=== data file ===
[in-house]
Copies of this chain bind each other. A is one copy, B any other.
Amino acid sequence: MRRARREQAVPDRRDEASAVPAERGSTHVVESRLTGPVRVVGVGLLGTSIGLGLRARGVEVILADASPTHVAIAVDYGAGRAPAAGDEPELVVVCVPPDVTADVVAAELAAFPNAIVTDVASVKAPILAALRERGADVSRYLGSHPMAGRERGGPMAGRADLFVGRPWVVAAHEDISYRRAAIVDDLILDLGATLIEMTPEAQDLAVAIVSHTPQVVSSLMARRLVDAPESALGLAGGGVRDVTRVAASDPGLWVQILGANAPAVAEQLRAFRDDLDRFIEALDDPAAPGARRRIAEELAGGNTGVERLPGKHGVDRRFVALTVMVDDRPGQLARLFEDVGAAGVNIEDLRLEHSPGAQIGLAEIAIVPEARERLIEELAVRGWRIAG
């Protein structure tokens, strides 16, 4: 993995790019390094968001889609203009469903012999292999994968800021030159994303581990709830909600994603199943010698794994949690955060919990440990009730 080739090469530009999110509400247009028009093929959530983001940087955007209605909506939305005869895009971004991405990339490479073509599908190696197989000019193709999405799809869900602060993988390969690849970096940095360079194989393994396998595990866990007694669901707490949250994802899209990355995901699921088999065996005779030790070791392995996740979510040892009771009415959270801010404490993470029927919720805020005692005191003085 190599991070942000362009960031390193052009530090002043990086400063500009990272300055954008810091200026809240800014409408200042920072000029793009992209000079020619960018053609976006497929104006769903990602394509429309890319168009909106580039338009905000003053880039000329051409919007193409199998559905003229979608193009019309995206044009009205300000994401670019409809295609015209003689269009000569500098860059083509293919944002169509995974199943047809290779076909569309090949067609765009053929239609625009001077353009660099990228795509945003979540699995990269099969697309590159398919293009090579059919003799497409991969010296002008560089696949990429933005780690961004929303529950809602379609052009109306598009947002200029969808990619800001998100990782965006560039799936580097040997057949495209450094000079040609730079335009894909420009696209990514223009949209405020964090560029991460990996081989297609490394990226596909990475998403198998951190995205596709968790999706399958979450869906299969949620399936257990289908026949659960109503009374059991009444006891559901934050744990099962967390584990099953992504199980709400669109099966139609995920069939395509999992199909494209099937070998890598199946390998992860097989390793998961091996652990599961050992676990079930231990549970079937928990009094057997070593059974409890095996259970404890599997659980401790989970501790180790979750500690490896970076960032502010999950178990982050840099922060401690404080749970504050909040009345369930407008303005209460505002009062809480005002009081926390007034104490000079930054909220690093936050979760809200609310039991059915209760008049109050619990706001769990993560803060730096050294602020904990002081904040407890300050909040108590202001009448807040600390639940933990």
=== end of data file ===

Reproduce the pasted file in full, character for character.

[in-house]
Copies of this chain bind each other. A is one copy, B any other.
Amino acid sequence: MRRARREQAVPDRRDEASAVPAERGSTHVVESRLTGPVRVVGVGLLGTSIGLGLRARGVEVILADASPTHVAIAVDYGAGRAPAAGDEPELVVVCVPPDVTADVVAAELAAFPNAIVTDVASVKAPILAALRERGADVSRYLGSHPMAGRERGGPMAGRADLFVGRPWVVAAHEDISYRRAAIVDDLILDLGATLIEMTPEAQDLAVAIVSHTPQVVSSLMARRLVDAPESALGLAGGGVRDVTRVAASDPGLWVQILGANAPAVAEQLRAFRDDLDRFIEALDDPAAPGARRRIAEELAGGNTGVERLPGKHGVDRRFVALTVMVDDRPGQLARLFEDVGAAGVNIEDLRLEHSPGAQIGLAEIAIVPEARERLIEELAVRGWRIAG
């Protein structure tokens, strides 16, 4: 993995790019390094968001889609203009469903012999292999994968800021030159994303581990709830909600994603199943010698794994949690955060919990440990009730 080739090469530009999110509400247009028009093929959530983001940087955007209605909506939305005869895009971004991405990339490479073509599908190696197989000019193709999405799809869900602060993988390969690849970096940095360079194989393994396998595990866990007694669901707490949250994802899209990355995901699921088999065996005779030790070791392995996740979510040892009771009415959270801010404490993470029927919720805020005692005191003085 190599991070942000362009960031390193052009530090002043990086400063500009990272300055954008810091200026809240800014409408200042920072000029793009992209000079020619960018053609976006497929104006769903990602394509429309890319168009909106580039338009905000003053880039000329051409919007193409199998559905003229979608193009019309995206044009009205300000994401670019409809295609015209003689269009000569500098860059083509293919944002169509995974199943047809290779076909569309090949067609765009053929239609625009001077353009660099990228795509945003979540699995990269099969697309590159398919293009090579059919003799497409991969010296002008560089696949990429933005780690961004929303529950809602379609052009109306598009947002200029969808990619800001998100990782965006560039799936580097040997057949495209450094000079040609730079335009894909420009696209990514223009949209405020964090560029991460990996081989297609490394990226596909990475998403198998951190995205596709968790999706399958979450869906299969949620399936257990289908026949659960109503009374059991009444006891559901934050744990099962967390584990099953992504199980709400669109099966139609995920069939395509999992199909494209099937070998890598199946390998992860097989390793998961091996652990599961050992676990079930231990549970079937928990009094057997070593059974409890095996259970404890599997659980401790989970501790180790979750500690490896970076960032502010999950178990982050840099922060401690404080749970504050909040009345369930407008303005209460505002009062809480005002009081926390007034104490000079930054909220690093936050979760809200609310039991059915209760008049109050619990706001769990993560803060730096050294602020904990002081904040407890300050909040108590202001009448807040600390639940933990």